E. Access to talent
F. Having more ways to create value
This includes the enterprise partnering with other organizations having expertise in Business Innovation, new technology, identifying new markets, creating new digital services, monetizing value creation, etc.
Given the significant benefits of effectively collaborating, Partnering continues to be very appealing to meaningfully improve outcomes from innovation.
88% of leading companies doing enterprise innovation have a presence in one of the global tech hubs, like Silicon Valley and other important regions – so they can monitor emerging trends and connect with up-and-coming startups. In addition to the major innovation regions, some enterprises have outposts in upcoming tech centres like Dallas, Austin, Toronto, Singapore, London, Barcelona, Berlin, Munich, Dubai, etc. to expand their exposure to new opportunities.
These programmes are still popular with 60 % of leading enterprises having a programme that has been running for more than five years. In this scenario, they look at 500 – 1,000 potential projects each year and implement around 5 – 50 of them.
These have fallen out of favour because of a lack of results. As a result, enterprises are either shutting down or restructuring their accelerator programme. Today, only 50 % of enterprises still have their own accelerator programme. Many of the rest have transitioned to a hybrid model where a third party runs part or all of the programme. Examples of this are Airbus which has stopped its BizLab accelerator programme to focus on Venture Building. Telefonica’s Wayra programme has also changed from being a corporate accelerator to building ventures for enterprises.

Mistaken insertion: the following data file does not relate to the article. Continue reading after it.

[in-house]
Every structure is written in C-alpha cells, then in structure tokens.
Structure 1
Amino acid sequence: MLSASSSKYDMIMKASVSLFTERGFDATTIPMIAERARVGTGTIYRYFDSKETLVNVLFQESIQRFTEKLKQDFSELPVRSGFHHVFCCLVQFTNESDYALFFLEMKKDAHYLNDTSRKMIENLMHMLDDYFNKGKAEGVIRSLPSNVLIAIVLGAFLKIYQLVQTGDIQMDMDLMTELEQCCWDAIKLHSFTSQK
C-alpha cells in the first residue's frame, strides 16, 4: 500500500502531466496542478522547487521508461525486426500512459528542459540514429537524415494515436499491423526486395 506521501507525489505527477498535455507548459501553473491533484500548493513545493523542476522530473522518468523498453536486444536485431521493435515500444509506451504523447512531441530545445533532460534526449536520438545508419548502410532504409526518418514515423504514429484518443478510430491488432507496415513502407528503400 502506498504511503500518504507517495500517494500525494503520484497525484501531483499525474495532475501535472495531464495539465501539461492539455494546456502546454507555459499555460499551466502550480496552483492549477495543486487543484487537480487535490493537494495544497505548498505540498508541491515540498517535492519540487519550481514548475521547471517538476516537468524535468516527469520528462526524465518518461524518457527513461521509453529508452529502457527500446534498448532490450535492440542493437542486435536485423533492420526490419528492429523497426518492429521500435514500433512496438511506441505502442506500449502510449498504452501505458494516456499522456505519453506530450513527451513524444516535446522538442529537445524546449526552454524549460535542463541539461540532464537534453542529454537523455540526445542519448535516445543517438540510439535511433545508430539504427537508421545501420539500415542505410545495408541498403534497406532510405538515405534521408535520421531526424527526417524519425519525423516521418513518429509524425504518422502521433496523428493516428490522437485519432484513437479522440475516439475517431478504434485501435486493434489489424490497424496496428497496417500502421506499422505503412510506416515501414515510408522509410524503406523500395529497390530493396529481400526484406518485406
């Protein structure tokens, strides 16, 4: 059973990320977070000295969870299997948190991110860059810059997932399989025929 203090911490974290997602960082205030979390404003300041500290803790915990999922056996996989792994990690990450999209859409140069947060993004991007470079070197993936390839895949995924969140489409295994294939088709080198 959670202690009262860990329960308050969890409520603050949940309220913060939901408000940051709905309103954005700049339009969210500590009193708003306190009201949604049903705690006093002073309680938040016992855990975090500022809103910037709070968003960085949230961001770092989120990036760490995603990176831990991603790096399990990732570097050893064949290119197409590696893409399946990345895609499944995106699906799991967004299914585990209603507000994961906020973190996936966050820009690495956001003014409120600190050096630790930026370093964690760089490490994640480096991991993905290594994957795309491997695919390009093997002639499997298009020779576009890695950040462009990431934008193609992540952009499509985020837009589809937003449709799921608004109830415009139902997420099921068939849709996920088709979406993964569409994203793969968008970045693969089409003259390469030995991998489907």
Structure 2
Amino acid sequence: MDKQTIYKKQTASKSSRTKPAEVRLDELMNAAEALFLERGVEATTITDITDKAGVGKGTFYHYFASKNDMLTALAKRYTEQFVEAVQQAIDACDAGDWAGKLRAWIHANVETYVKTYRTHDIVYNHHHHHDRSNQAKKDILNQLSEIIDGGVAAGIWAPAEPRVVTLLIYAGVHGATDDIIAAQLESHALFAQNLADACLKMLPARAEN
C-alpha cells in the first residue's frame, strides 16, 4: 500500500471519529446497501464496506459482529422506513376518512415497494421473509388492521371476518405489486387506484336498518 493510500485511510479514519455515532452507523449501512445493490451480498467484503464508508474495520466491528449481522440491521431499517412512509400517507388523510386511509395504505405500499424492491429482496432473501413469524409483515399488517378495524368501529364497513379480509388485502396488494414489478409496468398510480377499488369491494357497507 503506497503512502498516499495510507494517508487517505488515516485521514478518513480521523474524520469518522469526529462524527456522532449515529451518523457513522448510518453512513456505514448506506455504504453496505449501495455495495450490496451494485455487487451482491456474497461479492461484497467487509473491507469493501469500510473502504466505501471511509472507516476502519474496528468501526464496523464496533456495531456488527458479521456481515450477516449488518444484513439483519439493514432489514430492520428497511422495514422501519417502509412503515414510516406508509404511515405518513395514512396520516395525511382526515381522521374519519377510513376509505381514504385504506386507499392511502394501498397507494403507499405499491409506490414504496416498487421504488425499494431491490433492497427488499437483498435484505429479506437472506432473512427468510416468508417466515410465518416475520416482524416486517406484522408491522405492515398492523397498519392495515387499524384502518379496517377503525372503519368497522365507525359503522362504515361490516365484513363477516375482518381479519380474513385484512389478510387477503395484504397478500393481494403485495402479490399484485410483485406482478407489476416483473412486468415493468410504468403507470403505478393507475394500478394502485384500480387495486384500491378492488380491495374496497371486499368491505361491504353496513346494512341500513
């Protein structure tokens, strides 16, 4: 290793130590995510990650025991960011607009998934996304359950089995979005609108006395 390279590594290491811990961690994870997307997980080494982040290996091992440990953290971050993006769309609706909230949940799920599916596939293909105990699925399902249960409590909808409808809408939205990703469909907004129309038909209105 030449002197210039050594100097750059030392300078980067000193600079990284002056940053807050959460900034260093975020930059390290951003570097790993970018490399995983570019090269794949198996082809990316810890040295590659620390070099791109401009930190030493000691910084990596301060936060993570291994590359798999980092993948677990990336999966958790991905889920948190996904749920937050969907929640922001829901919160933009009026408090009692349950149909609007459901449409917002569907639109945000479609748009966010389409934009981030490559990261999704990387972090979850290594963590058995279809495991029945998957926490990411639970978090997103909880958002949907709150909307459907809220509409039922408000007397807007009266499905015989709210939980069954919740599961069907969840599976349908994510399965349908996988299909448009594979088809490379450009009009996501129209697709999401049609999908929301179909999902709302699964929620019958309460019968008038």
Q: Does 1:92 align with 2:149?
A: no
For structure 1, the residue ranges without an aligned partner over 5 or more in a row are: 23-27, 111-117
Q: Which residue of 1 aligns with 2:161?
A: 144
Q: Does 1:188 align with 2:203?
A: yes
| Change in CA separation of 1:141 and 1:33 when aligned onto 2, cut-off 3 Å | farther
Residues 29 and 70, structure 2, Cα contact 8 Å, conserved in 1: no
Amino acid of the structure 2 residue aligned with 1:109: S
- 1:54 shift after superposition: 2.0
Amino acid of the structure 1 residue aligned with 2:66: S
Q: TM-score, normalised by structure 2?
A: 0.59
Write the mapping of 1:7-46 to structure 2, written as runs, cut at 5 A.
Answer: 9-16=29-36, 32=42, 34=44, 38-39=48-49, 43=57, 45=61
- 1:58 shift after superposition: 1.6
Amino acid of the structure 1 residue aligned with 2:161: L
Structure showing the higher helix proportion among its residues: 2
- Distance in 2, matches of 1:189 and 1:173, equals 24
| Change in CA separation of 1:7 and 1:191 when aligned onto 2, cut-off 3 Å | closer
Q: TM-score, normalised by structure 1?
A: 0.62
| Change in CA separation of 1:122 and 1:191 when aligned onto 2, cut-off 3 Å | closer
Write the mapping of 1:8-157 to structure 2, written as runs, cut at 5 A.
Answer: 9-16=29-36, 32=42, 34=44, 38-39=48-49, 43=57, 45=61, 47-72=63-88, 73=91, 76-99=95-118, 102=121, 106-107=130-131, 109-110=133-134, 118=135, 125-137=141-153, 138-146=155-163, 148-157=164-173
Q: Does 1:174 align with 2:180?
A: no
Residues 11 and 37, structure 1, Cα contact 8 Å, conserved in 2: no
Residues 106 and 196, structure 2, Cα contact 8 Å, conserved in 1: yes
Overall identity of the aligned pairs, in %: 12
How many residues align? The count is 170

While 85% of entrepreneurial enterprises have a corporate investment arm that takes minority stakes in promising startups, there are issues with the high mortality rate, inability to leverage respective competencies, cultural challenges, differences in risk tolerance, very poor financial returns, etc. This despite the average size of the fund being $200m – $500m (with 43% of the funds being + $500m) and investing $5m – $25m annually in startups ! It’s a sensitive subject that there are very few examples of enterprise investors having a significant ROI – even if the startup gets meaningful traction and the business is scaling ! To be better positioned for success and manage risk, there is a growing trend for Enterprise investment arms to be spun out to become more independent of their parent companies. Boeing, Orange, Eon, Santander, and others are the latest in a long line of companies to have done this. The idea with this strategy is for CVC to be more – independent, opportunistic, agile (able to act more quickly and boldly), flexible in engaging and building relationships with startup personnel and other investors, etc.
In closing, please contact CAIL if interested in discussing these and other strategies to increase the rewards from innovation.
March 10, 2022 By MTB / CAIL Innovation commentary firstname.lastname@example.org